Roman Sunderland: What We know
The news has broke that there has been a highly significant Roman Discovery in the River Wear near North Hylton, including five ancient stone anchors, a number of coins and other unspecified artefacts. Underwater archaeologist Gary Bankhead told the BBC “he could not “over-emphasize” the importance of the discovery.” The findings add to a longstanding theory that the Roman Empire maintained a dam across the River Wear, known in those times as the “Vedra” and had a tangible presence in Sunderland itself. No Roman Settlement has ever been found in Sunderland proper these days, even whilst neighbouring areas such as South Shields and Chester-le-street had such. But this discovery might be a gamechanger.
Research into a Roman presence at Sunderland is not new, but had never been proven with strong enough evidence. In the 19th century text “The History and Antiquities of Sunderland“- by Jeremiah William Summers, he pointed out that a Roman Presence on Wearmouth and control of the river was logical for defense and logistical based purposes. The hills within Sunderland and the view they give of the entire region is also strategically important. He highlighted that Roman coins had been found on what is now the Town Moor in the East End, as well as other artefacts over time. Indeed at one point, a Roman sword was found in the River at South Hylton. Although there was no trace of a settlement, he argues the presence of medieval agriculture in the area and reuse of Roman materials could have easily removed it without a trace.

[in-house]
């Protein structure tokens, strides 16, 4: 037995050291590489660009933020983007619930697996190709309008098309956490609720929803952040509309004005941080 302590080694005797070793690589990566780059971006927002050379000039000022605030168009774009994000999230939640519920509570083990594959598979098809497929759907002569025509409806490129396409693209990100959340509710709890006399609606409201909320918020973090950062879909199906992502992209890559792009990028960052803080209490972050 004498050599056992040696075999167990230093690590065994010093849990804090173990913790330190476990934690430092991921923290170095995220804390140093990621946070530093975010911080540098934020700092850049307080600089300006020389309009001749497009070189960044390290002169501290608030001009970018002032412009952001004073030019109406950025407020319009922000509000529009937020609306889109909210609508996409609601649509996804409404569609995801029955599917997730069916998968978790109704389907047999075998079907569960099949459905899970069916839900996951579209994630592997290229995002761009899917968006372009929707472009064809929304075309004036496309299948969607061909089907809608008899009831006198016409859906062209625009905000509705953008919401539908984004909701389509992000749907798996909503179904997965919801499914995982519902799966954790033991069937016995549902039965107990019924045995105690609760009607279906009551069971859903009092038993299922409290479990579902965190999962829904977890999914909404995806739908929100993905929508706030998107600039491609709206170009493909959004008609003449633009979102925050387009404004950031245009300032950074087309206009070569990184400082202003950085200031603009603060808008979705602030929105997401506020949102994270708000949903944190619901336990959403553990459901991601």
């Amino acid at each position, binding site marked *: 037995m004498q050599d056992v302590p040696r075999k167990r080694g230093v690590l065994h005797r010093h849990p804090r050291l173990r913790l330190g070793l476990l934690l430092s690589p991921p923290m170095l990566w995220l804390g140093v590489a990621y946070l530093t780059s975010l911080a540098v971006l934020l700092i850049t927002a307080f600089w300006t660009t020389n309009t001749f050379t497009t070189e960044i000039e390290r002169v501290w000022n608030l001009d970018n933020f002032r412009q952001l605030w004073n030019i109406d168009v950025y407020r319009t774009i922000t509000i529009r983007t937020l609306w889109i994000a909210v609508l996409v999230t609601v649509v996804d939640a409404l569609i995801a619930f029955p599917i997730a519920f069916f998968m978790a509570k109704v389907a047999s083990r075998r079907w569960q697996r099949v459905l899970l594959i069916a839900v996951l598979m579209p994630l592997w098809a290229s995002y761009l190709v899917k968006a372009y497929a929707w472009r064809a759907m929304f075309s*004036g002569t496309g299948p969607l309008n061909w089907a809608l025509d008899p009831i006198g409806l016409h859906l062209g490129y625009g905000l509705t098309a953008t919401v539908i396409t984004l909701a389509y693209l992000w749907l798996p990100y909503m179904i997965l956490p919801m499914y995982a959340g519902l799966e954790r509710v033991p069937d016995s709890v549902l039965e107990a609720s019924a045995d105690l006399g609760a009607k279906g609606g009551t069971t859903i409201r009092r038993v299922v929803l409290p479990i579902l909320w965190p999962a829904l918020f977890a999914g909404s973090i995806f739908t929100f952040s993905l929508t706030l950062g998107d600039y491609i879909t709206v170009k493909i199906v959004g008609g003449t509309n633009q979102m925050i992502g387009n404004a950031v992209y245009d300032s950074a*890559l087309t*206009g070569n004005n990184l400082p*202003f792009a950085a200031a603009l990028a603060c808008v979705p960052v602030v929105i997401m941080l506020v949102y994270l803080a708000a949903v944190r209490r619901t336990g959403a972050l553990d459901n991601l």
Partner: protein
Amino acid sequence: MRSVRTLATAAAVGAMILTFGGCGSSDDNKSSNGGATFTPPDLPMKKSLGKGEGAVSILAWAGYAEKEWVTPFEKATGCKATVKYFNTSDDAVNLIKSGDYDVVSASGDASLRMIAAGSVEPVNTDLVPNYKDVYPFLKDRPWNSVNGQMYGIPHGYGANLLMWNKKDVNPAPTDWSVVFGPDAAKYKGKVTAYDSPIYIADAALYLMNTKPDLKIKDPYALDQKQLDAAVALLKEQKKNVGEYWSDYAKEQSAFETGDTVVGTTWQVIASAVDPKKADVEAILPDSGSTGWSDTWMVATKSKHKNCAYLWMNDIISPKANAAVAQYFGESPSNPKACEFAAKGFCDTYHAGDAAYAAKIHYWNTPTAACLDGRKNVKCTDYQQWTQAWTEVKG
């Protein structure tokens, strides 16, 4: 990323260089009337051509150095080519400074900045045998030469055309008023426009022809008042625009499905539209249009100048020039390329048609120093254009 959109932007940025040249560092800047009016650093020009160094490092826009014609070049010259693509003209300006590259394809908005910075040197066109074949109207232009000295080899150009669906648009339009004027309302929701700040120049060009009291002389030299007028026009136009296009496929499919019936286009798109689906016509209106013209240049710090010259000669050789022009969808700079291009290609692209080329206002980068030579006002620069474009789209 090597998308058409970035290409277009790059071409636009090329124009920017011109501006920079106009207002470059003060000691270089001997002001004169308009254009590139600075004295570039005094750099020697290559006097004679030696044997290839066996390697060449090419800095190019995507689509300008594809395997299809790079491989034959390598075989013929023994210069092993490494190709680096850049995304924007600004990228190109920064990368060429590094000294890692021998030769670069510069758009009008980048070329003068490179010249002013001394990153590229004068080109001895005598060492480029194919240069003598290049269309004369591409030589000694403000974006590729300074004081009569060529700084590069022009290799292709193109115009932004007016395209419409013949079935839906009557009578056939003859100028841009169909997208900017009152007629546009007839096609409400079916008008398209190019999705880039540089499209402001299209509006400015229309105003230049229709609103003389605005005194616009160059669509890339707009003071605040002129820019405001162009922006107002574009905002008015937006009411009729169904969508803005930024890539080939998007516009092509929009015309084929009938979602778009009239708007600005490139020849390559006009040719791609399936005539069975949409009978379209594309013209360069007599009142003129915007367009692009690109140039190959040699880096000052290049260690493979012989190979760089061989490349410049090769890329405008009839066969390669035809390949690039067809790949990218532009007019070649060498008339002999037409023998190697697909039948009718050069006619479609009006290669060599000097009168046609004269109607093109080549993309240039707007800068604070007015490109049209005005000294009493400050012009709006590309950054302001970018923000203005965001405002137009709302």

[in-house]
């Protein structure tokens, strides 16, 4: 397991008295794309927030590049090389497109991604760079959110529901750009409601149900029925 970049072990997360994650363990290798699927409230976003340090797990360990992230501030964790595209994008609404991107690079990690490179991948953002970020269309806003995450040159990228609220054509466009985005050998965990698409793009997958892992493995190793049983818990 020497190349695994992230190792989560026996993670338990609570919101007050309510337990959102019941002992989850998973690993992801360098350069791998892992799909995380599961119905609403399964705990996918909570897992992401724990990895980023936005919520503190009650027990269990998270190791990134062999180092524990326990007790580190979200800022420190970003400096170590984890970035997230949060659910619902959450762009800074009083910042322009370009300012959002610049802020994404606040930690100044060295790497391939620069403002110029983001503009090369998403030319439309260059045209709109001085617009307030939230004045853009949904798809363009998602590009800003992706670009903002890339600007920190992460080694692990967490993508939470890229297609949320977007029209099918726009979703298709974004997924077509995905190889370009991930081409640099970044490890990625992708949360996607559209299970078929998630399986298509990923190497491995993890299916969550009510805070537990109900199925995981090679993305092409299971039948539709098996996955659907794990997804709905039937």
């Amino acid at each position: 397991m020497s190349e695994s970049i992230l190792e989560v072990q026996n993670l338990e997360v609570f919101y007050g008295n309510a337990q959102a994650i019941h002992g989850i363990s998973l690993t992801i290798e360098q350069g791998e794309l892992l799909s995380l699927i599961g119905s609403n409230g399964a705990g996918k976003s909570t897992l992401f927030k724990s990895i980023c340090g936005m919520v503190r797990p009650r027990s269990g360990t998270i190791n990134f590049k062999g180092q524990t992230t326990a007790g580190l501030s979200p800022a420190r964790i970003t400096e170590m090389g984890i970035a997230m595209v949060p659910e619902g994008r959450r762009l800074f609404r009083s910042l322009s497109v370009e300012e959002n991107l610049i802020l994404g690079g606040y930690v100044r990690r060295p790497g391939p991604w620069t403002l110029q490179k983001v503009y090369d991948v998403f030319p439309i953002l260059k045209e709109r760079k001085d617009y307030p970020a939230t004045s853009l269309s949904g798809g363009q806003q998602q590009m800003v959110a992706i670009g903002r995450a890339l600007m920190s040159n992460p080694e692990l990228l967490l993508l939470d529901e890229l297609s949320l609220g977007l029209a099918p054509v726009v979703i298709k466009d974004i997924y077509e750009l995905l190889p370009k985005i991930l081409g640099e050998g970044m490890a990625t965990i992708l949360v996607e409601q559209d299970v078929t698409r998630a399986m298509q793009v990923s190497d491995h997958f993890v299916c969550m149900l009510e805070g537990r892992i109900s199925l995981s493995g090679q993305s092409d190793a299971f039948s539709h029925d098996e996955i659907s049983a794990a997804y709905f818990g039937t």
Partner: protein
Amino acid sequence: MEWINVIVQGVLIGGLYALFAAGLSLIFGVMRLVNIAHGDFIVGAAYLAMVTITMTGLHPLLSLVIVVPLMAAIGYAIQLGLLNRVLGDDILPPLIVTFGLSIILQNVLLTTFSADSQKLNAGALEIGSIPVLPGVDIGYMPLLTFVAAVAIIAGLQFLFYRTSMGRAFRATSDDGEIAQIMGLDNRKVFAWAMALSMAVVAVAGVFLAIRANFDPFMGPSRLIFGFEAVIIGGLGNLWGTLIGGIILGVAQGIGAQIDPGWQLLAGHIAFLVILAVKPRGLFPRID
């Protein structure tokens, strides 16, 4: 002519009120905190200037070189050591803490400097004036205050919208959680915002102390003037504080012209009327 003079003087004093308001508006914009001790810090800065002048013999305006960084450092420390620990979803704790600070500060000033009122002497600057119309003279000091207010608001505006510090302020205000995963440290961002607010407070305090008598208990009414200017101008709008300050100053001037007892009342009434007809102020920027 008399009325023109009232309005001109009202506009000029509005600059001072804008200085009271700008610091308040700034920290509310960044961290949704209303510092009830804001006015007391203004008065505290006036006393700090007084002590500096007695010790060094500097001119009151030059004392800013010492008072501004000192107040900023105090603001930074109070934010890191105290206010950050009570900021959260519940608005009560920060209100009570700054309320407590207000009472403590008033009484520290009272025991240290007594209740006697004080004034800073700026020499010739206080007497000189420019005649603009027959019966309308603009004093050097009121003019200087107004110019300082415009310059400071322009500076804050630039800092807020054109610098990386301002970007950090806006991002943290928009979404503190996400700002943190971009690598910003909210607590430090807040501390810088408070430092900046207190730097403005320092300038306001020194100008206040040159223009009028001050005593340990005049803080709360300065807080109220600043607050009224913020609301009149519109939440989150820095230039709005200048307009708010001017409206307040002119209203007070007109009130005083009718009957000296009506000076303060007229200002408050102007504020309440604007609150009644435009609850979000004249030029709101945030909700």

The story of the dam itself comes from this book, as well the fact that until the 19th century, there were a number of stones in the River which the Victorians titled “brig stones”- They were disruptive to shipping, and were subsequently moved to outside of the Sunderland Yacht club in Roker. These stones attracted historical debate and controversy for years, with many historians arguing that they were Roman in origin and were part of a dam. A number of historians and local antiquarians pushed this idea and there were several digs around the riverbank in North Hylton in the past decade. However, up until now the archaeologists left empty handed and played down the theory.
As a result, this new find is a gamechanger. It is the most significant Roman find ever to take place on Wearside, simply because these are not random artefacts but a tangible sign of something organized here. This leads us to question, if this has been found? What else was there? It is not so much find itself, as in the pathway it now opens for more investigation and more discovery, opening up a chapter of Sunderland’s History which otherwise was thought not to exist.